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The dangers of Argentine foreign policy under Javier Milei

Milei is departing from Argentina's traditional foreign policy of pacifism, reason, and balance to project his own image on the global stage, harming the country's reputation.

In his renowned work on foreign policy, David Baldwin points out that policy-relevant knowledge is one of the most important components, along with creativity, when studying international relations. Considering Argentine foreign policy under President Javier Milei, is difficult to find any practical example of policy-relevant knowledge or competence. The same can be said of Foreign Minister Diana Mondino, who has demonstrated her diplomatic skills by showing supposed analogies regarding the Chinese population after visiting Beijing to address the difficult SWAP issue. However, foreign policy in Latin America is not usually the subject of joint action by the executive, even less does it offer agreement with national congresses, a characteristic of Latin American systems of Presidentialism. In other words, it is the head of state who designs and acts for the country in the global arena. 

Far from debating the negative and positive effects of such tradition, in Milei’s case, it seems that his creativity, impulsiveness, and highly personal ideology drive Argentina’s foreign policy. If diplomacy was created to avoid conflict, promote peace, and benefit the peoples of the world, Milei has chosen another path for Argentina. His creative foreign policy is not based on facts, data, or pragmatism. An obvious example is offered by the purchase of the 24 Danish F-16 fighter jets for a nation that is not in danger of neighboring or global wars, but which above all fits into a strategy to please the United States and fulfill the role that Washington has wanted for Argentina for years. That is to say, in the international dispute between the United States and China, Argentina should forge an army trained by the United States and the United Kingdom, limiting Chinese influence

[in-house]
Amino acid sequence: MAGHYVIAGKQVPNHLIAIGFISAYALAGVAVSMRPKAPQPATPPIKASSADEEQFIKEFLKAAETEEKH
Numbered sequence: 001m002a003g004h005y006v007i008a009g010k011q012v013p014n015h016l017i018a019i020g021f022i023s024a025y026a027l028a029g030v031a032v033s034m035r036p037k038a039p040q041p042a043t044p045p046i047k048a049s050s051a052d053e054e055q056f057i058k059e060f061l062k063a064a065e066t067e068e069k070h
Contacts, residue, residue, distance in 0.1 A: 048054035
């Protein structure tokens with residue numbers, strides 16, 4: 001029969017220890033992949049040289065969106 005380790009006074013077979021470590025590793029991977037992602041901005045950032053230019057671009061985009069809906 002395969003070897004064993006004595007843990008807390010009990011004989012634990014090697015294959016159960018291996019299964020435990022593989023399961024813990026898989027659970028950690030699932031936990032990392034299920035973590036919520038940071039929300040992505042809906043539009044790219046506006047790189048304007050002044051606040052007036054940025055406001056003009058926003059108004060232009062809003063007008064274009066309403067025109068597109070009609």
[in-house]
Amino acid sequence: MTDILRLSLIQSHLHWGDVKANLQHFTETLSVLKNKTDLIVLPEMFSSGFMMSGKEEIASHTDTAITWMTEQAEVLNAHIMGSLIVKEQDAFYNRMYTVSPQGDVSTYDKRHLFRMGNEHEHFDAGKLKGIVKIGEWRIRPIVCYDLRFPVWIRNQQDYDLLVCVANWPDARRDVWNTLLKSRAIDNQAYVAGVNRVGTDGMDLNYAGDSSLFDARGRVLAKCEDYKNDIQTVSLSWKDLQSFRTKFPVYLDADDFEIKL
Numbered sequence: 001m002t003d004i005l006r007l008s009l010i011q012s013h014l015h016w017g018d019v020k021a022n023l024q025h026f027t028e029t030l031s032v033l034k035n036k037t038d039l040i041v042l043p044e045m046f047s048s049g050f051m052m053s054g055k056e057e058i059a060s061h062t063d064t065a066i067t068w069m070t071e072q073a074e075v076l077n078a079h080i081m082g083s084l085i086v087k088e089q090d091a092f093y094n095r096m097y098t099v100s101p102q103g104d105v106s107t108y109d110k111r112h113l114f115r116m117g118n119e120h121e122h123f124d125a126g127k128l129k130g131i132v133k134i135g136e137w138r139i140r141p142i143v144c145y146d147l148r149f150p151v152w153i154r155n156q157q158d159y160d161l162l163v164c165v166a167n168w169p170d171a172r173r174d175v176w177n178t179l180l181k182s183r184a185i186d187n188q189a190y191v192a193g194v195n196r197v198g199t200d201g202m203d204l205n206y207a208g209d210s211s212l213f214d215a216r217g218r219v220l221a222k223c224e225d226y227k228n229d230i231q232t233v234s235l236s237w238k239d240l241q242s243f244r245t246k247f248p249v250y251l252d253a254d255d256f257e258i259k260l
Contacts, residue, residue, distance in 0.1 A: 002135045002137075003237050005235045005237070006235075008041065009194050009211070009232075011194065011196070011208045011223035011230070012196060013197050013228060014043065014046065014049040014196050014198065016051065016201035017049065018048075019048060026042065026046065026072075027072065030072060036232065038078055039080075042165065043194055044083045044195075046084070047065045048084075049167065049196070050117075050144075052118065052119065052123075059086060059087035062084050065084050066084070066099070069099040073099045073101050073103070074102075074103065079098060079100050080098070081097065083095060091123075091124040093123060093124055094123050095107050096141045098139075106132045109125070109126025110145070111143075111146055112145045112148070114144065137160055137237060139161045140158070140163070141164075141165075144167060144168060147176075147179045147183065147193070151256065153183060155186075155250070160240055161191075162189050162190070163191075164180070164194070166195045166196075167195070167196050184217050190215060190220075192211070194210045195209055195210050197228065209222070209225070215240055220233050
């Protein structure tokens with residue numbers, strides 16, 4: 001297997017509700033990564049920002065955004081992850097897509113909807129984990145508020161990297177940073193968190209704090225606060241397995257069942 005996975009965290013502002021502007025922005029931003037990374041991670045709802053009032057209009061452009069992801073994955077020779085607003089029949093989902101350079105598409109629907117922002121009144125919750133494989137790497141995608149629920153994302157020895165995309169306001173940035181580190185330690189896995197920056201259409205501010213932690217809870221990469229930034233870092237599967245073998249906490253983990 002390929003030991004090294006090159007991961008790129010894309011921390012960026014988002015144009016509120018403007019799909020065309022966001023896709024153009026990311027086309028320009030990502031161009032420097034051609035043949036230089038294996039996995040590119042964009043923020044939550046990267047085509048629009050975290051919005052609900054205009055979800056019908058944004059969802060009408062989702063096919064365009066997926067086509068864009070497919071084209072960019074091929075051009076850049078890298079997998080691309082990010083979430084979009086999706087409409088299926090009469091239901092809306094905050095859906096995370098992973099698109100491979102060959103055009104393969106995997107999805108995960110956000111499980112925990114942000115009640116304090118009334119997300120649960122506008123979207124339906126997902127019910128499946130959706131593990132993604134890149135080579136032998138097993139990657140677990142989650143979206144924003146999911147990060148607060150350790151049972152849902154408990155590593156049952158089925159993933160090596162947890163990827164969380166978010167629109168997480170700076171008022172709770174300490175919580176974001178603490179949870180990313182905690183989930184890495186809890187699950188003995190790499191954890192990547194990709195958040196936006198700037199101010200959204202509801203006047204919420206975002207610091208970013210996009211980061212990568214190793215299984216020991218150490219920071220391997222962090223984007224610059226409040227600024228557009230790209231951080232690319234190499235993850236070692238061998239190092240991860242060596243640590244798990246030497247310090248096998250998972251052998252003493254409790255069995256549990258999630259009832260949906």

It is difficult to understand how Milei’s economic ideology and his commercial libertarianism can explain the armament predilection when it comes to moving in international scenarios. In all liberal variants, whether libertarian or neoliberal, leaders tend to give preeminence to business. Regionally, Marcos Robledo has already detected this almost mercantilist pragmatism in the foreign policy of neoliberal Chile. Particularly under Sebastián Piñera, the business impulse prevailed in foreign policy decisions, keeping a low profile whenever possible. 

In contrast, the Milei government’s foreign policy has turned out to be reactive and declarative, in the sense that the diplomatic bureaucracy has had to operate in reaction to the president’s explicit statements. Instead of a defined institutional agenda or planning of foreign action, it is hugs (with Trump and U.S. businessmen) and insults (to AMLO, Lula and Petro) in defining the destiny of today’s Argentina in the world. In fact, Alejandro Frenkel speaks of a true international doctrine of Milei, attached to a confused “Westernism”, subordinated to the United States and Israel (apparently part of the West), which could prove counterproductive for Argentina’s interests. The new Cold War, a reading of the world geopolitical chessboard shared by Milei and internationalists, seems to be an unfortunate conformation longed for by Milei himself, where Argentina would be “the new Mecca of the West”